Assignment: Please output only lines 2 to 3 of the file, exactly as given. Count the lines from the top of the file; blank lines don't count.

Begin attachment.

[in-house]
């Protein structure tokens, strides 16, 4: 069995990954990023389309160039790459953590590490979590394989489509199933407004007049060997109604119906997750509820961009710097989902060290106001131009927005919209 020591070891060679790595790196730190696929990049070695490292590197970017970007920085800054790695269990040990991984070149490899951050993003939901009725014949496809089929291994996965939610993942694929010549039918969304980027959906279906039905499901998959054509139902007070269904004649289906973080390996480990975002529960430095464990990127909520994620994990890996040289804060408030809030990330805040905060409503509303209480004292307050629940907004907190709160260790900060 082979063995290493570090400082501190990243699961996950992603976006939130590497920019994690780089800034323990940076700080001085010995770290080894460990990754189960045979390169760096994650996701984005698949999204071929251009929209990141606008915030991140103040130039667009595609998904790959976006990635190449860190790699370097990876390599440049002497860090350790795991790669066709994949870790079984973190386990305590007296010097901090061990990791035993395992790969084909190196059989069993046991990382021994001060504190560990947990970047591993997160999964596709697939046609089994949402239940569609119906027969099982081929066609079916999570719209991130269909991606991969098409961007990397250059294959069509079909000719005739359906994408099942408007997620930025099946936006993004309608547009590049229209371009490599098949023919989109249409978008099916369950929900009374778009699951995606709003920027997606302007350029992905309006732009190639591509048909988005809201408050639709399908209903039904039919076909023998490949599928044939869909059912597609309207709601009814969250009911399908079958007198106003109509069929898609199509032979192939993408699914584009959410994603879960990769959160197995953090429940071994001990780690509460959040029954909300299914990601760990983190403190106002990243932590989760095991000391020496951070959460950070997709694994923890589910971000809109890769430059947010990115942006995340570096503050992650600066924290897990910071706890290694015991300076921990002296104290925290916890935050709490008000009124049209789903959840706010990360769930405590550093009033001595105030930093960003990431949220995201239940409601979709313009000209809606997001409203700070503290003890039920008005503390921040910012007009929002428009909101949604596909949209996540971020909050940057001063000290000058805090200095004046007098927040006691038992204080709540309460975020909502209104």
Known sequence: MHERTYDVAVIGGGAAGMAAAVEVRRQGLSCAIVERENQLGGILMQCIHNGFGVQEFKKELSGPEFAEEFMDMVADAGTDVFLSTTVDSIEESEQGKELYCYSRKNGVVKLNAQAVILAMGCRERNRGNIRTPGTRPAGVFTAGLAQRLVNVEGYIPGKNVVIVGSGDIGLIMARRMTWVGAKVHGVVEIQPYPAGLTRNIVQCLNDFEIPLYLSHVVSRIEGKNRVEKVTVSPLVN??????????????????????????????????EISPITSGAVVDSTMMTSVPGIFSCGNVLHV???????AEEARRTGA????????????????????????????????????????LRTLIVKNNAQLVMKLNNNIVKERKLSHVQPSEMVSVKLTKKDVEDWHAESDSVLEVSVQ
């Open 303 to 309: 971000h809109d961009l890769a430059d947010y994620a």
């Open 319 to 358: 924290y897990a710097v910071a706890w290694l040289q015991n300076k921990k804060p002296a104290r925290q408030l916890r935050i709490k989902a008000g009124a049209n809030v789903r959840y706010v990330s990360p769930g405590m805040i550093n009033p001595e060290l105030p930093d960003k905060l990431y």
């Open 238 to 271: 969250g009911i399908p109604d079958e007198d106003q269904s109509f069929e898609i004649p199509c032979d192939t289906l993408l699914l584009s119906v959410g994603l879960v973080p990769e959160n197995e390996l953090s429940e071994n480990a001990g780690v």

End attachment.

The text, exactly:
């Protein structure tokens, strides 16, 4: 069995990954990023389309160039790459953590590490979590394989489509199933407004007049060997109604119906997750509820961009710097989902060290106001131009927005919209 020591070891060679790595790196730190696929990049070695490292590197970017970007920085800054790695269990040990991984070149490899951050993003939901009725014949496809089929291994996965939610993942694929010549039918969304980027959906279906039905499901998959054509139902007070269904004649289906973080390996480990975002529960430095464990990127909520994620994990890996040289804060408030809030990330805040905060409503509303209480004292307050629940907004907190709160260790900060 082979063995290493570090400082501190990243699961996950992603976006939130590497920019994690780089800034323990940076700080001085010995770290080894460990990754189960045979390169760096994650996701984005698949999204071929251009929209990141606008915030991140103040130039667009595609998904790959976006990635190449860190790699370097990876390599440049002497860090350790795991790669066709994949870790079984973190386990305590007296010097901090061990990791035993395992790969084909190196059989069993046991990382021994001060504190560990947990970047591993997160999964596709697939046609089994949402239940569609119906027969099982081929066609079916999570719209991130269909991606991969098409961007990397250059294959069509079909000719005739359906994408099942408007997620930025099946936006993004309608547009590049229209371009490599098949023919989109249409978008099916369950929900009374778009699951995606709003920027997606302007350029992905309006732009190639591509048909988005809201408050639709399908209903039904039919076909023998490949599928044939869909059912597609309207709601009814969250009911399908079958007198106003109509069929898609199509032979192939993408699914584009959410994603879960990769959160197995953090429940071994001990780690509460959040029954909300299914990601760990983190403190106002990243932590989760095991000391020496951070959460950070997709694994923890589910971000809109890769430059947010990115942006995340570096503050992650600066924290897990910071706890290694015991300076921990002296104290925290916890935050709490008000009124049209789903959840706010990360769930405590550093009033001595105030930093960003990431949220995201239940409601979709313009000209809606997001409203700070503290003890039920008005503390921040910012007009929002428009909101949604596909949209996540971020909050940057001063000290000058805090200095004046007098927040006691038992204080709540309460975020909502209104």
Known sequence: MHERTYDVAVIGGGAAGMAAAVEVRRQGLSCAIVERENQLGGILMQCIHNGFGVQEFKKELSGPEFAEEFMDMVADAGTDVFLSTTVDSIEESEQGKELYCYSRKNGVVKLNAQAVILAMGCRERNRGNIRTPGTRPAGVFTAGLAQRLVNVEGYIPGKNVVIVGSGDIGLIMARRMTWVGAKVHGVVEIQPYPAGLTRNIVQCLNDFEIPLYLSHVVSRIEGKNRVEKVTVSPLVN??????????????????????????????????EISPITSGAVVDSTMMTSVPGIFSCGNVLHV???????AEEARRTGA????????????????????????????????????????LRTLIVKNNAQLVMKLNNNIVKERKLSHVQPSEMVSVKLTKKDVEDWHAESDSVLEVSVQ